On Saturday night I logged onto Facebook and noticed a curious pattern. Several of my friends (and people that Facebook tells me are my friends) had begun changing their profile pictures to a filtered version corresponding with France’s national flag colours:
“Show your support for the people of Paris by temporarily updating your profile picture with this new template we created”.
It’s a nice idea and a touching gesture that raises awareness for the tragedy that occurred in France. 10 points to Gryffindor!
But, then I started to really think about whether this actually makes a substantial impact.
For many of the online participants – the celebrities, politicians and average Joes – the act has simply become an exercise in narcissism camouflaged as altruism. You could imagine some of the conversations blossoming on Facebook:
Did you change your profile picture?
Ja, I did. You did too? Cool.
We’re so awesome doing our part to support the families that have lost a loved one.
It’s a passive act that expects little effort and engagement on the part of the user. Online activism can be powerful when it motivates changes offline or begins a powerful discussion. You just have to examine all of the effects that social media empowered movements like the #RhodesMustFall movement had or the recent #FeesMustFall, which I have written about. The danger of the filter is that people think that adorning their profile in pretty colours is enough. They don’t engage with the issue. They don’t debate. They don’t donate. They don’t write letters to public representatives calling for action.
The filter is perfectly fine for supporting sports teams and their colours. The filter works well for aligning one’s public face to political parties or commercial brands. But, France’s tragedy merely becomes a trend for many to jump on until the enthusiasm wanes. You have to ask: By next week how many of the faux mourners (faux-ners?) will really have their profile pictures reflecting the tragedy that they were so concerned about? As one study points out, the way internet users discard their profile pictures with ease, calls into question whether pic-tivism can “provide durable foundational elements of contemporary social movements”.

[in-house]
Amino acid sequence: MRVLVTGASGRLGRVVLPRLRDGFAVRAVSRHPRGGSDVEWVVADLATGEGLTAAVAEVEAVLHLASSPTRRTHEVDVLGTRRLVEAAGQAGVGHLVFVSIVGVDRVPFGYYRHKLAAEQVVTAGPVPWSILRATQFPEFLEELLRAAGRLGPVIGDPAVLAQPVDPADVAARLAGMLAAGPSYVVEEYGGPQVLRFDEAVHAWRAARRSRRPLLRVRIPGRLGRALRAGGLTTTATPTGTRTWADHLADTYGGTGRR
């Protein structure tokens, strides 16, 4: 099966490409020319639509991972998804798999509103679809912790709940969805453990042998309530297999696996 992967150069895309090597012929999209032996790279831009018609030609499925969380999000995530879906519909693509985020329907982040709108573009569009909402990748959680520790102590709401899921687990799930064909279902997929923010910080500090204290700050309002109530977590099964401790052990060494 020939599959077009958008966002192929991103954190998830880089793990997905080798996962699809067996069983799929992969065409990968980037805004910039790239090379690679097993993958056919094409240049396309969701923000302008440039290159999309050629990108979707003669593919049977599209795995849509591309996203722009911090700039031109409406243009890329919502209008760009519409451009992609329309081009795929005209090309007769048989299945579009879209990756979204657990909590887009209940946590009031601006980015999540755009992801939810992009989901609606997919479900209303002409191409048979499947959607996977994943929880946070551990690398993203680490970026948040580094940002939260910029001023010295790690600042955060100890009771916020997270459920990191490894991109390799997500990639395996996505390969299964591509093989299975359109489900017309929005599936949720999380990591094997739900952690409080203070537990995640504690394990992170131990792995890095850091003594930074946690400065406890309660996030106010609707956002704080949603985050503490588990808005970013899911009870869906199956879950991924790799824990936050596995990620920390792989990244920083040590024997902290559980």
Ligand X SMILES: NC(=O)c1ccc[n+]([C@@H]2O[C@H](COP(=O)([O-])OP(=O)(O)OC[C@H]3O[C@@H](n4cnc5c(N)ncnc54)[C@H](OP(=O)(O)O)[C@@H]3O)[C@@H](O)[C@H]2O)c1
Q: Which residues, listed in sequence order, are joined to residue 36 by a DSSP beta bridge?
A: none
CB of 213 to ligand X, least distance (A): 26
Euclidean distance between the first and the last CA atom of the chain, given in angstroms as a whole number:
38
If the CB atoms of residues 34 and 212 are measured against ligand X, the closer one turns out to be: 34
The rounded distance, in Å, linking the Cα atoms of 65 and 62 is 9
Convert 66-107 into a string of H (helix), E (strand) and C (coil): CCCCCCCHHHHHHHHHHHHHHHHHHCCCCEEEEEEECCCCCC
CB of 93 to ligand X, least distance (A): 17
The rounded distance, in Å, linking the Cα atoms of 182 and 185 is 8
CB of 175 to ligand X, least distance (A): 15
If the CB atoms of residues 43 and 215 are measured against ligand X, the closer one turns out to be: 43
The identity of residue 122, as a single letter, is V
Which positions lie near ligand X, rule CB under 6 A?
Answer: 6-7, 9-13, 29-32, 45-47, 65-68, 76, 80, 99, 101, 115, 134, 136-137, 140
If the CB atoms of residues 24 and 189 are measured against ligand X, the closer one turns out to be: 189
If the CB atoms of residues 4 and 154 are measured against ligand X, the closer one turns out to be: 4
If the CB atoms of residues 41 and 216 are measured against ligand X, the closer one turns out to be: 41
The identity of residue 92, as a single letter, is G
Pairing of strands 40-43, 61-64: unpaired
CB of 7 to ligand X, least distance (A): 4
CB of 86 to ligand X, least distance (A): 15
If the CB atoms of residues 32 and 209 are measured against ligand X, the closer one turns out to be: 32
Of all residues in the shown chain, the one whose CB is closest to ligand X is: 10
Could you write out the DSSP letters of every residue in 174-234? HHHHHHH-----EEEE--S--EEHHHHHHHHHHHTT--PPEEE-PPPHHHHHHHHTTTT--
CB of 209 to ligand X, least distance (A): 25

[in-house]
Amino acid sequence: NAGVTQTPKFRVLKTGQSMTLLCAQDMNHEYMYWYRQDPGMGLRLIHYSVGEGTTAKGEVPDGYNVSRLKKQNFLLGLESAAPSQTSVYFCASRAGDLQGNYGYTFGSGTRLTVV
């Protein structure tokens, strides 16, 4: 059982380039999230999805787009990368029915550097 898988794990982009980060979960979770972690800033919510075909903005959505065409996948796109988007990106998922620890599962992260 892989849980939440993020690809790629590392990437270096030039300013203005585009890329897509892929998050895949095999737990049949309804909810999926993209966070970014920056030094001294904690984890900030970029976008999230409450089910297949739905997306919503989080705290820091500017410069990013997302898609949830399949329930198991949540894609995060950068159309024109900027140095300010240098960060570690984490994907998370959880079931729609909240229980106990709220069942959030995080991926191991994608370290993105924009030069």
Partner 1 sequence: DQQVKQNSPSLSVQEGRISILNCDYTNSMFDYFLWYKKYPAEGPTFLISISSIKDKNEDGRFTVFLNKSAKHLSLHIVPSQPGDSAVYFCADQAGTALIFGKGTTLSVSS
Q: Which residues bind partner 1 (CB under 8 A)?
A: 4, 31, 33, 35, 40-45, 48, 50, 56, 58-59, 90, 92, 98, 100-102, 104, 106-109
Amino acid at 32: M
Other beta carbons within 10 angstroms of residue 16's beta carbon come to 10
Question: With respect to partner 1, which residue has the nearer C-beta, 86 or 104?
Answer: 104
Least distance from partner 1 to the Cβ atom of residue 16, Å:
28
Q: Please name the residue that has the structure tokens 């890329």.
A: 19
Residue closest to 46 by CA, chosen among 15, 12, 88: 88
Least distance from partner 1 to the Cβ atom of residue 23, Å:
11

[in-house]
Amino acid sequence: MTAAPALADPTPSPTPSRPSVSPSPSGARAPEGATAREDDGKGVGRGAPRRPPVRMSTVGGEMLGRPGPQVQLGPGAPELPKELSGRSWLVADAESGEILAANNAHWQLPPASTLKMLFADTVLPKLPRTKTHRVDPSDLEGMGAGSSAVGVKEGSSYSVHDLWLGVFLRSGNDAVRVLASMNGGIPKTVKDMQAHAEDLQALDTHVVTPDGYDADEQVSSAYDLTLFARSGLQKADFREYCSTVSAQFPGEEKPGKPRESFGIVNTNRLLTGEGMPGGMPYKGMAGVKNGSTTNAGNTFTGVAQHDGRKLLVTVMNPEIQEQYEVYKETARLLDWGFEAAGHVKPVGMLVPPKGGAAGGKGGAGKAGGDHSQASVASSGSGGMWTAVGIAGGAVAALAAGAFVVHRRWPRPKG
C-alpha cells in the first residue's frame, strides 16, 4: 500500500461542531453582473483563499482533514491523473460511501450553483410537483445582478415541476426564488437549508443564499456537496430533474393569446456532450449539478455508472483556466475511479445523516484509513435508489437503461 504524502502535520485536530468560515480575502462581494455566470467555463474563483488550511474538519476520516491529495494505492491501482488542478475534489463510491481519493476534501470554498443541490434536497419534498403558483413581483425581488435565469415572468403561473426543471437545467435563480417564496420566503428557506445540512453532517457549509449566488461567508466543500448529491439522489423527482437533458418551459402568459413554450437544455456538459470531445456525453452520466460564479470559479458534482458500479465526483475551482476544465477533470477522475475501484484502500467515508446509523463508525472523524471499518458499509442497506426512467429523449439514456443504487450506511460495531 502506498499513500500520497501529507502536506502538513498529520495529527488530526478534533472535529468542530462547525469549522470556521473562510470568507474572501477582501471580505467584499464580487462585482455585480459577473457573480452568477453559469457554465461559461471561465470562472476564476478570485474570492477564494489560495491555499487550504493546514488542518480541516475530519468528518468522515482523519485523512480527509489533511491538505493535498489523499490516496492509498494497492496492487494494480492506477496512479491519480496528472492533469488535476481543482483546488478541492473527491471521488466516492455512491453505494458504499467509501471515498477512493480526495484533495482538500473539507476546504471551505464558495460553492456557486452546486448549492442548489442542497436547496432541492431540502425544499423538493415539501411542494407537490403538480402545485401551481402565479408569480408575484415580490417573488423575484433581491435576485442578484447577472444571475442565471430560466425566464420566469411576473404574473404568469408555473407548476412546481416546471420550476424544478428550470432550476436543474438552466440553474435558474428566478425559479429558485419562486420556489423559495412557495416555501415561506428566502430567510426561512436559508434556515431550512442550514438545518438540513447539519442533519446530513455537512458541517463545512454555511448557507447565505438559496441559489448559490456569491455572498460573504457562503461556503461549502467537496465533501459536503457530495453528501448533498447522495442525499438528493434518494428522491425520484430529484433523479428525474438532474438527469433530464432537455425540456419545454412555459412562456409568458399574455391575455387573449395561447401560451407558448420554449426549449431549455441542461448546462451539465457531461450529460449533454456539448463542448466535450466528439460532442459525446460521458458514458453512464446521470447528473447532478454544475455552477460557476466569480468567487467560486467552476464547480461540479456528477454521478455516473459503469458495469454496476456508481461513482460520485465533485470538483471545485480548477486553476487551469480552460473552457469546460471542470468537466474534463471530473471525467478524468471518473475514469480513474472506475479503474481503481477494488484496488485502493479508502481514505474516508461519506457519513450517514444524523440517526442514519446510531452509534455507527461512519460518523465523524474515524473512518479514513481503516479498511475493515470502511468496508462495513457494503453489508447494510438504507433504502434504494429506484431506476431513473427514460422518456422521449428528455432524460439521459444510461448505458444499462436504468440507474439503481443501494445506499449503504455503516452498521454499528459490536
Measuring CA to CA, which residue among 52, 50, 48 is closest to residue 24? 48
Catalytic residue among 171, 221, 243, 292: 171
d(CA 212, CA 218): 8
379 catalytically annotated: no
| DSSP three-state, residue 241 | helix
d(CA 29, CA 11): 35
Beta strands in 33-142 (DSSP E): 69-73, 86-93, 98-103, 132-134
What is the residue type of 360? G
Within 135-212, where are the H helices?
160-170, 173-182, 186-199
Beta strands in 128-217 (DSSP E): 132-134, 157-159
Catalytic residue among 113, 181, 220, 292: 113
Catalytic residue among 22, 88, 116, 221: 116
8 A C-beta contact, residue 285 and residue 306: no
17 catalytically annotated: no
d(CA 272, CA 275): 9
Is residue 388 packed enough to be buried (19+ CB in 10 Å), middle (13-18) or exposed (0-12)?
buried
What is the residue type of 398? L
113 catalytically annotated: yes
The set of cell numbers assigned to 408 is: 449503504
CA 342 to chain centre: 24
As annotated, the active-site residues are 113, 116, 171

You also have to question Facebook’s so-called efforts at humanitarianism here. This temporary feature has garnered a ton of press for the company with news headlines falling head-over-heels for the new feature and little interest paid to the actual plight of the French people.
What Facebook has done right is the institution of a “safety check system”, which allowed the Parisians the ability to let their friends, families and colleagues know they were alive. This was a feature that actually can make a difference during times of strife. It has already been used by more than four million people and has received praise from some locals.
But, I just can’t get behind those filters. They remind me a lot of those charity wrists bands we use to wear in school. They were designed to support a good cause. Sadly, they lost their signified sincerity and became a throwaway fad. Just like the French filters will.
Sortition offers inclusiveness and creates a diverse, non-partisan government and it asks citizens to take responsibility for their governance